This weekend I visited the John Rylands Library in Manchester; a beautiful building in multiple ways. There’s the soft red brickwork, slim gothic vaults and arches, venetian glass windows and unexpectedly genuine Victorian plumbing and tiling in the basement facilities. The Burning Bright William Blake exhibition was a bonus, as was the visiting group of Steampunk enthusiasts. Their Victorian costumes blended with the environment so well it was those dressed for the 21st century who looked out of place.
The University of Lincoln Library is getting an extension as part of the University’s Estates Masterplan. This will provide more space for computers, laptops and bookable rooms – but not books. http://thelincolnite.co.uk/2013/03/university-of-lincoln-begins-work-on-library-extension/ The idea of a library build to house books appears to be a dying one, if not already dead. Excepting the British Library, there can’t be many new library builds being planned these days. Amazon says sales of its Kindle e-books overtook those of printed books in 2012, although they’re unlikely to say anything different. http://www.computerweekly.com/news/2240160961/UK-eBooks-outstripping-printed-books-says-Amazon There were a few lucky souls working in the John Rylands building this weekend, but the majority of people were visitors. The atmosphere was much more museum or church than library. For most of us, the faceless internet has become our library and it isn’t a beautiful place. Dominated by advertising, we can’t be far from being offered a premium rate ad-free service. Those who can afford it will get a clean, improved experience while those who can’t will be reduced to searching in an environment looking more like the pages of a shopping catalogue than anything meaningful.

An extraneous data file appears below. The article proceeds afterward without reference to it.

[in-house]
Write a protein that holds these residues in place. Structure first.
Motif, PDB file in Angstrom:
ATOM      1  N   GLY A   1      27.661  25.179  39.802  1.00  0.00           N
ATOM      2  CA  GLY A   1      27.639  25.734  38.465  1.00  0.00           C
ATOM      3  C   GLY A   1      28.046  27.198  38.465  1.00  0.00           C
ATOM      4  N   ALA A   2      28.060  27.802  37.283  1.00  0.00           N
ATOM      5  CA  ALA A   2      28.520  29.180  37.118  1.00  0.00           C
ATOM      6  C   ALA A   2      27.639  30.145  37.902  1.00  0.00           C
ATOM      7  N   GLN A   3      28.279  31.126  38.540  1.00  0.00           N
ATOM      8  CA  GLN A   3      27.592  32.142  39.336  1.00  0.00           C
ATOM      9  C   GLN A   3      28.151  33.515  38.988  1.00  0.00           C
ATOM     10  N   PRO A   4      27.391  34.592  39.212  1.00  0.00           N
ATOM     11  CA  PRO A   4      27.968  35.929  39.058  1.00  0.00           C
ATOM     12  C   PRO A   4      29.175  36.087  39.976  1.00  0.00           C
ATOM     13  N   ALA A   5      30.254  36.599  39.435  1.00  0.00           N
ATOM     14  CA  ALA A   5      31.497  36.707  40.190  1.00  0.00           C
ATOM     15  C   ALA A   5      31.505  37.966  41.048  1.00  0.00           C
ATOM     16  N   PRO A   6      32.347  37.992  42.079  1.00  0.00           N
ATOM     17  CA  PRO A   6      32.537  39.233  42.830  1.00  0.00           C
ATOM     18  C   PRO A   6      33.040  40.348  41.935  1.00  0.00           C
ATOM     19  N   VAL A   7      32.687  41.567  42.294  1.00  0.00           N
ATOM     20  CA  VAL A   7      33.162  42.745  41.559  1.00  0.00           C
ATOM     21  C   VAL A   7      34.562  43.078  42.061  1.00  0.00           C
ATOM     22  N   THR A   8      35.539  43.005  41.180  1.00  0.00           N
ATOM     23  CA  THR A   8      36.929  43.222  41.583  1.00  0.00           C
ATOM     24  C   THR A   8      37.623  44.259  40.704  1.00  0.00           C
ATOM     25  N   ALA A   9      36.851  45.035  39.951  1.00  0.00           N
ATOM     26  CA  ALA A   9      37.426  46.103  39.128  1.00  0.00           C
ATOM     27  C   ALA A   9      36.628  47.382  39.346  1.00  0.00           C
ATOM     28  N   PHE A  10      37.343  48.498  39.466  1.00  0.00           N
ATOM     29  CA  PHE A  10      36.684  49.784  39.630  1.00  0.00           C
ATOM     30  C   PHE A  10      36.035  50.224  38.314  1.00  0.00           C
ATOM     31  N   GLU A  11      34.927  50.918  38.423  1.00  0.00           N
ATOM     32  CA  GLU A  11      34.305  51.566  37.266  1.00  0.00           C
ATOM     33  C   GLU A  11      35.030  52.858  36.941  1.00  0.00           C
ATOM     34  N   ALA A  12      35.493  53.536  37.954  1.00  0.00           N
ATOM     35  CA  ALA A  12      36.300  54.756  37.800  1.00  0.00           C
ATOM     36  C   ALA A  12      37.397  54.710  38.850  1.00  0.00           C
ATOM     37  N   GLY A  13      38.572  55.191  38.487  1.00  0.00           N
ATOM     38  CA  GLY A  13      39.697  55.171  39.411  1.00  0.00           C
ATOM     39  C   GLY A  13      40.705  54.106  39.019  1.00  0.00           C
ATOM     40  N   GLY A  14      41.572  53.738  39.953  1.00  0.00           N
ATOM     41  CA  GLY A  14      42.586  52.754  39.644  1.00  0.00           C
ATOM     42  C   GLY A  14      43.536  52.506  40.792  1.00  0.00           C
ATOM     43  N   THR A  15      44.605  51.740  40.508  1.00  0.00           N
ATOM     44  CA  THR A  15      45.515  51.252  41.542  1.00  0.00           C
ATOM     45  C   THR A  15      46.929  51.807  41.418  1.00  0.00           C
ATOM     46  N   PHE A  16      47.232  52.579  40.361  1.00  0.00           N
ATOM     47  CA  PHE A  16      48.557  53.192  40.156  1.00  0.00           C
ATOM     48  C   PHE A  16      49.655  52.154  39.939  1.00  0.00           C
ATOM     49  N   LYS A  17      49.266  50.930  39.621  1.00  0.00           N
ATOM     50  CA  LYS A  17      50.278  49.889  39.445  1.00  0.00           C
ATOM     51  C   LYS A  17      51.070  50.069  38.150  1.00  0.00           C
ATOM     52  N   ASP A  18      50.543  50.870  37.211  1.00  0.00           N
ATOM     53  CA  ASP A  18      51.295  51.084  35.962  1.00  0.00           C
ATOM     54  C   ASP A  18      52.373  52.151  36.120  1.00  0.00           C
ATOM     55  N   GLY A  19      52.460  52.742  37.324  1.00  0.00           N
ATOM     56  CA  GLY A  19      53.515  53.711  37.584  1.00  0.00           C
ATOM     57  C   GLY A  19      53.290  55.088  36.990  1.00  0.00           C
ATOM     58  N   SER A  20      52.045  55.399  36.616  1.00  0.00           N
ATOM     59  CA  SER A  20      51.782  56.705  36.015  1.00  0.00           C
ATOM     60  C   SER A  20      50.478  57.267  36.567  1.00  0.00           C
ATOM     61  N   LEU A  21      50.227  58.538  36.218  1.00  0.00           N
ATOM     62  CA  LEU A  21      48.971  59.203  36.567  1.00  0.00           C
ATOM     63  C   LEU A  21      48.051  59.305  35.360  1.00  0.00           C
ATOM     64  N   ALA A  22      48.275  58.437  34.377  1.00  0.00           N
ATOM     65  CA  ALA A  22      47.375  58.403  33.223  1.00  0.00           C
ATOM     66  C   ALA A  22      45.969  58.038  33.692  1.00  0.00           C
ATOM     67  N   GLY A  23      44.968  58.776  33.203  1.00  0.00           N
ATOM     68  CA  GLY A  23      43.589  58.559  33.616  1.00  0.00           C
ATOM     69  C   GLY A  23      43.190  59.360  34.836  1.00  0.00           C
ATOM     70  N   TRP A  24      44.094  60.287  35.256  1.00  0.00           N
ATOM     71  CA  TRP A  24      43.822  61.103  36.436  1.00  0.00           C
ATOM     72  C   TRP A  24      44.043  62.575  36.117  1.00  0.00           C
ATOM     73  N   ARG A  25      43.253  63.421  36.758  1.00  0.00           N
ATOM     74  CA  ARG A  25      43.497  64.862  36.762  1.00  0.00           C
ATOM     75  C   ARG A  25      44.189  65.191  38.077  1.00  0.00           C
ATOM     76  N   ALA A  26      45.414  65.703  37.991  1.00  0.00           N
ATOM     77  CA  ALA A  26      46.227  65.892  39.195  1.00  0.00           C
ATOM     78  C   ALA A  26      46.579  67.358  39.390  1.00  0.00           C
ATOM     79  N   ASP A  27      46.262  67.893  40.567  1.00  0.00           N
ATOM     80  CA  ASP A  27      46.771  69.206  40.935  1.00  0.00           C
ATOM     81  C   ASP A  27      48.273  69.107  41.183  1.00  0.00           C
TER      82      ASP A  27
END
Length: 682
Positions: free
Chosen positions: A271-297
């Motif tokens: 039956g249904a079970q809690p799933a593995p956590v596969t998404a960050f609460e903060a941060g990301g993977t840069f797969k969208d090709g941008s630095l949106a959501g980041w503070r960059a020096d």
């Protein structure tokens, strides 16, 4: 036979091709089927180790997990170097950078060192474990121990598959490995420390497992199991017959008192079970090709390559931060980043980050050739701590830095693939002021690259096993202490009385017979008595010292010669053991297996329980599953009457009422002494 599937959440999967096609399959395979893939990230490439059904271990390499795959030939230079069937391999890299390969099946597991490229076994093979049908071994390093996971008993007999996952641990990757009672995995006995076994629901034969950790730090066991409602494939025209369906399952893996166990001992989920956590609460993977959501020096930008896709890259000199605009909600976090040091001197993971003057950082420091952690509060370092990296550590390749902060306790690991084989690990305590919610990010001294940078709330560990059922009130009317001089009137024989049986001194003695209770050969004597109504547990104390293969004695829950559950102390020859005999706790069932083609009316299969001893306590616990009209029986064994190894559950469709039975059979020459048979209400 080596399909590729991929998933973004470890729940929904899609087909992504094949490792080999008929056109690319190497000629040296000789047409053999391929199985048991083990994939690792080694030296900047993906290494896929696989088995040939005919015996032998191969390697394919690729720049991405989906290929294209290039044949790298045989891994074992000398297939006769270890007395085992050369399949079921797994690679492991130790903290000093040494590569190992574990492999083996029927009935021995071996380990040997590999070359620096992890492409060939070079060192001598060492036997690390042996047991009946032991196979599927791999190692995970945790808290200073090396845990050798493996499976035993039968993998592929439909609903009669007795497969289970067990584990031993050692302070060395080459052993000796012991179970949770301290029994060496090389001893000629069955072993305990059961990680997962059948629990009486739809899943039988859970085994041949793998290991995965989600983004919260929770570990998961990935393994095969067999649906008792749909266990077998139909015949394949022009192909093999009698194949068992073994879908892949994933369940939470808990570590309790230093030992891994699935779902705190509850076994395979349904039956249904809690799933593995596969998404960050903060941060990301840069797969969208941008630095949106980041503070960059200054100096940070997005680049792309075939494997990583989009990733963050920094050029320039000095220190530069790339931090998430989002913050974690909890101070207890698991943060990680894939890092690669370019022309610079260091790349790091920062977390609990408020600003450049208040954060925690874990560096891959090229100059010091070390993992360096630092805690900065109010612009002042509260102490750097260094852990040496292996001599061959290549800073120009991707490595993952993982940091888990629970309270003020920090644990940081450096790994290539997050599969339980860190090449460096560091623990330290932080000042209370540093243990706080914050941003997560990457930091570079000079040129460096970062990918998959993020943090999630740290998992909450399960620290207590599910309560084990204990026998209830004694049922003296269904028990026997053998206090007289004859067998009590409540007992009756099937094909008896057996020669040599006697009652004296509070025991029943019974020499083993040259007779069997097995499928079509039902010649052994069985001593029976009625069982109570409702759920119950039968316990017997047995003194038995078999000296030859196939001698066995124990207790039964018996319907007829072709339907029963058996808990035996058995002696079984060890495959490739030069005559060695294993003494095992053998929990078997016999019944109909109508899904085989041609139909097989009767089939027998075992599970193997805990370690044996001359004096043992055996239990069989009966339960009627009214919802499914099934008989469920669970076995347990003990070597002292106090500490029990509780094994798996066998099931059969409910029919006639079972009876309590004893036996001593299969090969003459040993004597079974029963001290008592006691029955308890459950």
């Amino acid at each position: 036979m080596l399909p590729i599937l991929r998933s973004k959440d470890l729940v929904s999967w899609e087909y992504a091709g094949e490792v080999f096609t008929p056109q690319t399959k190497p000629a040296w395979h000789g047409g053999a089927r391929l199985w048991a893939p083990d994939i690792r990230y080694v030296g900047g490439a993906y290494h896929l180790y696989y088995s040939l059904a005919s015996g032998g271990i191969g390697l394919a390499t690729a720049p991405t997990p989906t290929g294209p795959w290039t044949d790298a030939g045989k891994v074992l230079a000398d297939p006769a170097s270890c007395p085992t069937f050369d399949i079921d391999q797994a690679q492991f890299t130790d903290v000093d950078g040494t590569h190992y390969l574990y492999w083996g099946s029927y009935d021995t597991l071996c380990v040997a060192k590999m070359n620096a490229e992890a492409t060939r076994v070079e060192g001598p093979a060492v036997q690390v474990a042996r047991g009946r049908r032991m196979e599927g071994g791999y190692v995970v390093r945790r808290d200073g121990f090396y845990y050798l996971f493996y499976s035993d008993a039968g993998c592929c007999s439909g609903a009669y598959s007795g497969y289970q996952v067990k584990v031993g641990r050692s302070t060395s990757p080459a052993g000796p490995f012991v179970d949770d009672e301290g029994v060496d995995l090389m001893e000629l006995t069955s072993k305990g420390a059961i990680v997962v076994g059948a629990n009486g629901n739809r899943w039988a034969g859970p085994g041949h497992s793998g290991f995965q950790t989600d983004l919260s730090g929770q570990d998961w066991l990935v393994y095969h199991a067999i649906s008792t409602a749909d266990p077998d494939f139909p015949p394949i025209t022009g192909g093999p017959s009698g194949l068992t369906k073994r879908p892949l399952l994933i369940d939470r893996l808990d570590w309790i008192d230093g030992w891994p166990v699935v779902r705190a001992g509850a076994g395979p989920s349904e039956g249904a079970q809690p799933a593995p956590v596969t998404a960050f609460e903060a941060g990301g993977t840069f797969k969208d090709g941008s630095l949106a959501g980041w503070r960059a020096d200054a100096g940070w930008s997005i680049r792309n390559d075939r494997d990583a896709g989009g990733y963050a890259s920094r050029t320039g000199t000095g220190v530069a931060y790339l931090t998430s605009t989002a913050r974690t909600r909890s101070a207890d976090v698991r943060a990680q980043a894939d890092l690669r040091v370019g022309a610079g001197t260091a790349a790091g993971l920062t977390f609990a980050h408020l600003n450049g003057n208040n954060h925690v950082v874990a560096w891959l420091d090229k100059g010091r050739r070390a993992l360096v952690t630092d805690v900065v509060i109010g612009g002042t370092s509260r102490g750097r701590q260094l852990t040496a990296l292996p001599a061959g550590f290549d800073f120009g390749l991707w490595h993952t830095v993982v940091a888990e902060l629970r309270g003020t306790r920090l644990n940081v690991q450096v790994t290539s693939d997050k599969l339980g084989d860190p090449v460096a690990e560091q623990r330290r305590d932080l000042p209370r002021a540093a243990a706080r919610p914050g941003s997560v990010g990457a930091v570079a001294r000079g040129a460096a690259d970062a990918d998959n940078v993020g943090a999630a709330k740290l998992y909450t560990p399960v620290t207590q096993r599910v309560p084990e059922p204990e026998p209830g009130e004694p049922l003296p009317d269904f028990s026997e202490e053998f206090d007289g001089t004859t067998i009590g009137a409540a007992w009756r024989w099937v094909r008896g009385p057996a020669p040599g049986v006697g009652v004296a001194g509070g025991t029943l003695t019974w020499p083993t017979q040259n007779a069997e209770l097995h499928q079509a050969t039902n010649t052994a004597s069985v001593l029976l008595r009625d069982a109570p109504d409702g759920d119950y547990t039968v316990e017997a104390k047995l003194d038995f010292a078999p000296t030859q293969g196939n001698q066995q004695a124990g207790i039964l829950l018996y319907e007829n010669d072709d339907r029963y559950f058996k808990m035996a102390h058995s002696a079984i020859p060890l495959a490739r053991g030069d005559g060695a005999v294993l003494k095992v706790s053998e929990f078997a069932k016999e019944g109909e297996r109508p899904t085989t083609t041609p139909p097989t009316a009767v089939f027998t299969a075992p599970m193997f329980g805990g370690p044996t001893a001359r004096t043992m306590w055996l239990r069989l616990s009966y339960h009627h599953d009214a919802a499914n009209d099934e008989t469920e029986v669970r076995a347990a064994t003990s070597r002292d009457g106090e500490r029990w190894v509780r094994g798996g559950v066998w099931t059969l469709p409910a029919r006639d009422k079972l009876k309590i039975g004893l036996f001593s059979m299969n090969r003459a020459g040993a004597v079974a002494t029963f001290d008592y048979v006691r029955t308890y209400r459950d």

I travel with a kindle but never use it at home. They’re probably easier to read but it’s not the same. A book is a kinaesthetic experience as well as a cognitive one and there’s something symbolic about opening the covers, turning the pages and releasing the memories contained within them. To reinvent libraries as museums or churches would be to acknowledge their social and cultural importance but it loses the lived experience. In these days of keyboards and touch screens, this is what we need to hold onto, less we wipe out from history the sensory reality of books.